Native leaders oppose euthanasia and assisted suicide

Alex Schadenberg, Executive Director - Euthanasia Prevention Coalition

The chair of Yellowknife's Stanton Territorial Health Authority Elders' Advisory Council, Francois Paulette told CBC news that: 

Indigenous people are bound by spiritual law, not man-made law.
Francois Paulette

Francois Paulette

Last week Jorge Barrera from APTN News reported that Robert Falcon Ouellette, the Liberal MP from Winnipeg Centre, said that he will vote against Bill C-14 the bill that will legalize euthanasia and assisted suicide

According to the APTN report:

Ouellette said the federal government should work around the deadline and delay legalizing assisted death for at least five to 10 years until it’s absolutely clear what sort of impact it would have in all corners of Canadian society. 
“I think we need to take more time, especially in light of Attawapiskat,” 
“I think there are communities that have this issue and if you allow, all of a sudden, this to occur…it might be very difficult,”

“I am afraid if we open this little door right now we won’t be able to fight that suicide spirit.”

CBC reporter, Sonja Koenig reported that Canada's Indigenous community is concerned about legislation that legalizes euthanasia and assisted suicide. Bill C-14 was introduced in the House of Commons on April 14

According to the Koenig report Indigenous leaders have not been consulted. Dr. Alika Lafontaine, the president of the Indigenous Physicians Association said, 

so far, there's been no meaningful consultation with Indigenous groups.  
Lafontaine says even though the new legislation has been tabled, it isn't too late. 
"Even if these regulations are written up, there is still an opportunity to create our own in-house solutions when it comes to medically-assisted dying in our communities."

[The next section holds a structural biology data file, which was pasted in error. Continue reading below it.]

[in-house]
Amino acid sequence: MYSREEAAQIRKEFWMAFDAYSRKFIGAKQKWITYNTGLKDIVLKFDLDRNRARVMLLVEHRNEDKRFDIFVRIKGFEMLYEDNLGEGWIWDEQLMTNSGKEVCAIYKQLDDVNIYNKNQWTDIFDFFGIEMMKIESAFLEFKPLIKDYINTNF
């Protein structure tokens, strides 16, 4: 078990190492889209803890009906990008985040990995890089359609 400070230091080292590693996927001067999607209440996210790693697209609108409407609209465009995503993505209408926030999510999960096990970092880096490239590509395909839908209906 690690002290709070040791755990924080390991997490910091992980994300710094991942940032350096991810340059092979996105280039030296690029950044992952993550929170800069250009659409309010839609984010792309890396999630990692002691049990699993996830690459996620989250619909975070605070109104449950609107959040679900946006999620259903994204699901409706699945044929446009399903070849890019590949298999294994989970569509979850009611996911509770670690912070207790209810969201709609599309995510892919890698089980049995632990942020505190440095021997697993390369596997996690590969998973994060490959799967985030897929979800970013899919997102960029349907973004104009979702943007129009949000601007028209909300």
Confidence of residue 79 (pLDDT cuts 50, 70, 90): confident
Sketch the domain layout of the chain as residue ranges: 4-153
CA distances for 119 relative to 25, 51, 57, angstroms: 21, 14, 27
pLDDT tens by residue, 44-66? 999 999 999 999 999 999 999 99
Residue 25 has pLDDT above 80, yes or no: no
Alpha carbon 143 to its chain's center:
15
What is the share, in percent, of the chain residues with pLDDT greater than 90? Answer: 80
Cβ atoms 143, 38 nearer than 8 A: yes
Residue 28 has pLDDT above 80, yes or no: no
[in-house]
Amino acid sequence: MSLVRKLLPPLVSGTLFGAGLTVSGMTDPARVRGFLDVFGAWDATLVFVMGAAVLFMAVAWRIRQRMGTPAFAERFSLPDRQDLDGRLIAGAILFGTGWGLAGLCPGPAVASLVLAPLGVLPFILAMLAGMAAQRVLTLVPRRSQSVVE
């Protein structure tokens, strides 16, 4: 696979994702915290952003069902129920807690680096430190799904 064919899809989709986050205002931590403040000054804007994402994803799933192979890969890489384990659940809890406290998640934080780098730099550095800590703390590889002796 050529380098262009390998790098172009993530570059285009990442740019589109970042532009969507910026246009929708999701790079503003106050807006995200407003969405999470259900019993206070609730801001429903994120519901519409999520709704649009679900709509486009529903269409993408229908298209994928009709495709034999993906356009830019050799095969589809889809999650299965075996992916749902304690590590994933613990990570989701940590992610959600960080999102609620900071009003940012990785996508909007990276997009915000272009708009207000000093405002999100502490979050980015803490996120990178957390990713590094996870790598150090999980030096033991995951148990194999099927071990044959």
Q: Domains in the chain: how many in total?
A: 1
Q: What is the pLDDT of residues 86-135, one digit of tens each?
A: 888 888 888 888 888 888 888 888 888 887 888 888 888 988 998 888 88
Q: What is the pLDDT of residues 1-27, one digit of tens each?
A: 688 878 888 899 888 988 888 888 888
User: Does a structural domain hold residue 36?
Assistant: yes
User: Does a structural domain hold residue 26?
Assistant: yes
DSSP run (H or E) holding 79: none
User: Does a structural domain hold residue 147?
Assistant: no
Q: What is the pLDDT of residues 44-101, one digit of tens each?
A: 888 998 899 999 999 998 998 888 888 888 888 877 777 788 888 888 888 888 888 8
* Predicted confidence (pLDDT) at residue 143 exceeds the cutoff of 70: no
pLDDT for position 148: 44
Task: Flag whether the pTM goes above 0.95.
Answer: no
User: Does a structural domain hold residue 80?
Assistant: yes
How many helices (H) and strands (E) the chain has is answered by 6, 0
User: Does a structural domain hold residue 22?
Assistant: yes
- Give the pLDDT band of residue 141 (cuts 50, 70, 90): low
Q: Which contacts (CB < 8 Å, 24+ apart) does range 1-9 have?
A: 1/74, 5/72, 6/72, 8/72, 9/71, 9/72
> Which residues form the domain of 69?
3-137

Paulette spoke to the issue at a Dene leadership meeting today in Yellowknife.

Canada's Indigenous communities need to organize in opposition to assisted dying before Bill C-14 becomes law.

Liberal MP Robert-Falcon Ouellette will vote against euthanasia bill C-14

Alex Schadenberg, Executive Director - Euthanasia Prevention Coalition

Robert Falcon Ouellette (Liberal MP)

Robert Falcon Ouellette (Liberal MP)

Jorge Barrera from APTN News reported that Robert Falcon Ouellette, the Liberal MP representing Winnipeg Centre, said that he will be voting against Bill C-14 the bill that will legalize euthanasia and assisted suicide

According to the APTN report:

Ouellette said the federal government should work around the deadline and delay legalizing assisted death for at least five to 10 years until it’s absolutely clear what sort of impact it would have in all corners of Canadian society. 
“I think we need to take more time, especially in light of Attawapiskat,”

Attawapiskat is a Cree community in the James Bay region that is experiencing a suicide crisis. Ouellette stated to APTN:

“I think there are communities that have this issue and if you allow, all of a sudden, this to occur…it might be very difficult,”